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When I want to query a tx by hash I can do this:

select * from tx where encode(hash::bytea, 'hex') = '28b492be2f733201ba3441d5d7d0fefc097c3deba3f299628680fae484293758'

...but the hash, stored as bytea then makes the query expensive.

If given a hash string, is there a more efficient way to retrieve the record from the tx table?

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Fortunately, your query can be written more simply as:

select * from tx where hash = '\x28b492be2f733201ba3441d5d7d0fefc097c3deba3f299628680fae484293758' ;

Note that I have prepended "\x" to the hash so that Postgres treats the hash as hexadecimal (bytea).

When I run my version of your query on a fully synced mainnet database, the query returns the result (as single row) in under a second while your query takes over 10 seconds.

I am pretty sure your version takes the hash of every row of the table, encodes it and then compares it with your provided hash, while my just directly compares it with no conversion.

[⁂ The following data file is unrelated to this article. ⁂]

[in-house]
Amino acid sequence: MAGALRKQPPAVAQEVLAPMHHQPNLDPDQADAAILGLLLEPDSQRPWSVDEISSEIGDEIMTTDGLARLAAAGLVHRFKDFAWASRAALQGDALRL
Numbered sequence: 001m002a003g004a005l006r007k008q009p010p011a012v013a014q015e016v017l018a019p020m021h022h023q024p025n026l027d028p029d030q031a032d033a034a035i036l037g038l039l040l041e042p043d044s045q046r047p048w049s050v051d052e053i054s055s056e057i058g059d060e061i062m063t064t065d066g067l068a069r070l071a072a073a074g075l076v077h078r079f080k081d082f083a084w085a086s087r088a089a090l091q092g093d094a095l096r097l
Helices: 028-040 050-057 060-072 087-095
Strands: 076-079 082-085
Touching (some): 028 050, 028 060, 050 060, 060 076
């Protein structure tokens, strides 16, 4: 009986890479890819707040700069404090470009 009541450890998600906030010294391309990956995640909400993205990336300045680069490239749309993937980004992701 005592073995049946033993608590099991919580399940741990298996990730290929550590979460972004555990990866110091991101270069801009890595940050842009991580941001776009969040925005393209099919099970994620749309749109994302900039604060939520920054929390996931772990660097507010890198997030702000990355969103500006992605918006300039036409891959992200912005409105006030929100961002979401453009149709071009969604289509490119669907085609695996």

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    Fortunately indeed! Just ran it now and it is MUCH faster. I have some queries to update. Thank you! Aug 12, 2023 at 21:27
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    "binary value represented in hexadecimal format using the '\x' notation allows for a direct binary comparison without the need for any additional encoding or conversion." Aug 12, 2023 at 21:44
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    I posted this in a TG channel I am in and someone suggested that the encode(hash::bytea, 'hex') construct means that Postgres is not able to use any index it has on that field. Aug 12, 2023 at 22:46
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    ah - that makes sense. Thank you. Aug 12, 2023 at 22:55
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    Someone else on that channel also suggested that select * from tx where hash = decode('28b492be2f733201ba3441d5d7d0fefc097c3deba3f299628680fae484293758', 'hex'); is equivalent to mine. Aug 13, 2023 at 1:40

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